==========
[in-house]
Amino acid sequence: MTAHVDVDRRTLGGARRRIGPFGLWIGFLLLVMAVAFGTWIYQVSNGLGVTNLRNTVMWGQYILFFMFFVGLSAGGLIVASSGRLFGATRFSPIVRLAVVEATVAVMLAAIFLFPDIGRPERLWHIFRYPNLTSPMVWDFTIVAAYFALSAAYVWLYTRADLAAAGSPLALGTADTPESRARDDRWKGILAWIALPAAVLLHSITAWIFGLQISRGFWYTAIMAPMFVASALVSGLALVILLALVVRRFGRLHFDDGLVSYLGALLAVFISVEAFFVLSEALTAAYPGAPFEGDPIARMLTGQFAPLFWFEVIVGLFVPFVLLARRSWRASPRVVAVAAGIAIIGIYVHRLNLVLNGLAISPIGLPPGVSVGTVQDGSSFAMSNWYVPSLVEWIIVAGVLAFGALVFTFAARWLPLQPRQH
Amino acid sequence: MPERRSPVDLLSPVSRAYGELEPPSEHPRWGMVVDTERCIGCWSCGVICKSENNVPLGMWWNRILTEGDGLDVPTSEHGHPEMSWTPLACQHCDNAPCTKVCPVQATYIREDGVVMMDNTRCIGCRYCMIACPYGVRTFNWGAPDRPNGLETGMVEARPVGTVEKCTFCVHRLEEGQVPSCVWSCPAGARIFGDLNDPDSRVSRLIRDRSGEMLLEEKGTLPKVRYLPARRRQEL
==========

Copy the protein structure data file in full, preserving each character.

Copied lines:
[in-house]
Amino acid sequence: MTAHVDVDRRTLGGARRRIGPFGLWIGFLLLVMAVAFGTWIYQVSNGLGVTNLRNTVMWGQYILFFMFFVGLSAGGLIVASSGRLFGATRFSPIVRLAVVEATVAVMLAAIFLFPDIGRPERLWHIFRYPNLTSPMVWDFTIVAAYFALSAAYVWLYTRADLAAAGSPLALGTADTPESRARDDRWKGILAWIALPAAVLLHSITAWIFGLQISRGFWYTAIMAPMFVASALVSGLALVILLALVVRRFGRLHFDDGLVSYLGALLAVFISVEAFFVLSEALTAAYPGAPFEGDPIARMLTGQFAPLFWFEVIVGLFVPFVLLARRSWRASPRVVAVAAGIAIIGIYVHRLNLVLNGLAISPIGLPPGVSVGTVQDGSSFAMSNWYVPSLVEWIIVAGVLAFGALVFTFAARWLPLQPRQH
Amino acid sequence: MPERRSPVDLLSPVSRAYGELEPPSEHPRWGMVVDTERCIGCWSCGVICKSENNVPLGMWWNRILTEGDGLDVPTSEHGHPEMSWTPLACQHCDNAPCTKVCPVQATYIREDGVVMMDNTRCIGCRYCMIACPYGVRTFNWGAPDRPNGLETGMVEARPVGTVEKCTFCVHRLEEGQVPSCVWSCPAGARIFGDLNDPDSRVSRLIRDRSGEMLLEEKGTLPKVRYLPARRRQEL